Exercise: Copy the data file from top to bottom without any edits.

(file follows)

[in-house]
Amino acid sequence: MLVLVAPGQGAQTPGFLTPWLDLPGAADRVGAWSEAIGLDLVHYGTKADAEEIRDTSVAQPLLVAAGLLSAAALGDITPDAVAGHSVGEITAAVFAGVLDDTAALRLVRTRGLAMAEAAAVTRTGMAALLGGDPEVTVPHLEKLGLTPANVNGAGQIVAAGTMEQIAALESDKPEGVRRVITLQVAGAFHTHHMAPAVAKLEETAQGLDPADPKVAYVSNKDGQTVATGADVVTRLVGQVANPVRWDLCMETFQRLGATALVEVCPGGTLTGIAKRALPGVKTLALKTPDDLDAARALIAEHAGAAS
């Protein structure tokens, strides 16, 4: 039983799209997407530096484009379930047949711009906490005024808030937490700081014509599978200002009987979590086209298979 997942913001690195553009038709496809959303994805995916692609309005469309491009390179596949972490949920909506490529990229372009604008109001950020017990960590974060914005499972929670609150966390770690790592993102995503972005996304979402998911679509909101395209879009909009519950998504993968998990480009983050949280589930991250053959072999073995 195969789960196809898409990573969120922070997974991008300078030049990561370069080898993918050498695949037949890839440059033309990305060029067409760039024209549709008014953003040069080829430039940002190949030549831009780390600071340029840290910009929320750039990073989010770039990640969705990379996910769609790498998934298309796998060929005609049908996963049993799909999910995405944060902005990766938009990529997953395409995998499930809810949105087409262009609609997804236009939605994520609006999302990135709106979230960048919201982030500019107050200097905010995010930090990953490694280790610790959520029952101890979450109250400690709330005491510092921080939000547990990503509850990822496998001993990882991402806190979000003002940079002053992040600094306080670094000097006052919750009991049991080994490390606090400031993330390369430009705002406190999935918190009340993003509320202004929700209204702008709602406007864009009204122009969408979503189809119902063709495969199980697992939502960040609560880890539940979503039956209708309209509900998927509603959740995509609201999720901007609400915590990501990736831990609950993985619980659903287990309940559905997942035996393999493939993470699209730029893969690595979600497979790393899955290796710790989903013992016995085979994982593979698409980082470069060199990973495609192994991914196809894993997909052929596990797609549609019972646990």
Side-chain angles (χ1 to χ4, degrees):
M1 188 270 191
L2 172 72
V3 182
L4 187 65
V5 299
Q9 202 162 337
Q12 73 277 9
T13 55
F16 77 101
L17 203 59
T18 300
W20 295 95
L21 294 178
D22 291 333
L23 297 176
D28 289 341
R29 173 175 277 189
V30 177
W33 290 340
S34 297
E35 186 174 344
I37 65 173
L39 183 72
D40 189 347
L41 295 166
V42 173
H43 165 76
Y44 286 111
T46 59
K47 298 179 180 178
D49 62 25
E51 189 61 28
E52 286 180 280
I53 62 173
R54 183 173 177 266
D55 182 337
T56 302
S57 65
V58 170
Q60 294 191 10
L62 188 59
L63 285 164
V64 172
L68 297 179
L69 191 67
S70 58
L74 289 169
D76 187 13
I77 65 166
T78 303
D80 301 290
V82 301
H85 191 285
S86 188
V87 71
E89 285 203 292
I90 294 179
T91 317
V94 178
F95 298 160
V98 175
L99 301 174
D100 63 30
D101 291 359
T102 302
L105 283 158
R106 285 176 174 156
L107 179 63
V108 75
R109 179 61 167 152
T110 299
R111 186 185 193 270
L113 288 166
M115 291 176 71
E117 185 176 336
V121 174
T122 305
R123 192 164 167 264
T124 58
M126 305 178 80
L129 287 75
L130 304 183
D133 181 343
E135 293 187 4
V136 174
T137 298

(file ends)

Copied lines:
[in-house]
Amino acid sequence: MLVLVAPGQGAQTPGFLTPWLDLPGAADRVGAWSEAIGLDLVHYGTKADAEEIRDTSVAQPLLVAAGLLSAAALGDITPDAVAGHSVGEITAAVFAGVLDDTAALRLVRTRGLAMAEAAAVTRTGMAALLGGDPEVTVPHLEKLGLTPANVNGAGQIVAAGTMEQIAALESDKPEGVRRVITLQVAGAFHTHHMAPAVAKLEETAQGLDPADPKVAYVSNKDGQTVATGADVVTRLVGQVANPVRWDLCMETFQRLGATALVEVCPGGTLTGIAKRALPGVKTLALKTPDDLDAARALIAEHAGAAS
């Protein structure tokens, strides 16, 4: 039983799209997407530096484009379930047949711009906490005024808030937490700081014509599978200002009987979590086209298979 997942913001690195553009038709496809959303994805995916692609309005469309491009390179596949972490949920909506490529990229372009604008109001950020017990960590974060914005499972929670609150966390770690790592993102995503972005996304979402998911679509909101395209879009909009519950998504993968998990480009983050949280589930991250053959072999073995 195969789960196809898409990573969120922070997974991008300078030049990561370069080898993918050498695949037949890839440059033309990305060029067409760039024209549709008014953003040069080829430039940002190949030549831009780390600071340029840290910009929320750039990073989010770039990640969705990379996910769609790498998934298309796998060929005609049908996963049993799909999910995405944060902005990766938009990529997953395409995998499930809810949105087409262009609609997804236009939605994520609006999302990135709106979230960048919201982030500019107050200097905010995010930090990953490694280790610790959520029952101890979450109250400690709330005491510092921080939000547990990503509850990822496998001993990882991402806190979000003002940079002053992040600094306080670094000097006052919750009991049991080994490390606090400031993330390369430009705002406190999935918190009340993003509320202004929700209204702008709602406007864009009204122009969408979503189809119902063709495969199980697992939502960040609560880890539940979503039956209708309209509900998927509603959740995509609201999720901007609400915590990501990736831990609950993985619980659903287990309940559905997942035996393999493939993470699209730029893969690595979600497979790393899955290796710790989903013992016995085979994982593979698409980082470069060199990973495609192994991914196809894993997909052929596990797609549609019972646990």
Side-chain angles (χ1 to χ4, degrees):
M1 188 270 191
L2 172 72
V3 182
L4 187 65
V5 299
Q9 202 162 337
Q12 73 277 9
T13 55
F16 77 101
L17 203 59
T18 300
W20 295 95
L21 294 178
D22 291 333
L23 297 176
D28 289 341
R29 173 175 277 189
V30 177
W33 290 340
S34 297
E35 186 174 344
I37 65 173
L39 183 72
D40 189 347
L41 295 166
V42 173
H43 165 76
Y44 286 111
T46 59
K47 298 179 180 178
D49 62 25
E51 189 61 28
E52 286 180 280
I53 62 173
R54 183 173 177 266
D55 182 337
T56 302
S57 65
V58 170
Q60 294 191 10
L62 188 59
L63 285 164
V64 172
L68 297 179
L69 191 67
S70 58
L74 289 169
D76 187 13
I77 65 166
T78 303
D80 301 290
V82 301
H85 191 285
S86 188
V87 71
E89 285 203 292
I90 294 179
T91 317
V94 178
F95 298 160
V98 175
L99 301 174
D100 63 30
D101 291 359
T102 302
L105 283 158
R106 285 176 174 156
L107 179 63
V108 75
R109 179 61 167 152
T110 299
R111 186 185 193 270
L113 288 166
M115 291 176 71
E117 185 176 336
V121 174
T122 305
R123 192 164 167 264
T124 58
M126 305 178 80
L129 287 75
L130 304 183
D133 181 343
E135 293 187 4
V136 174
T137 298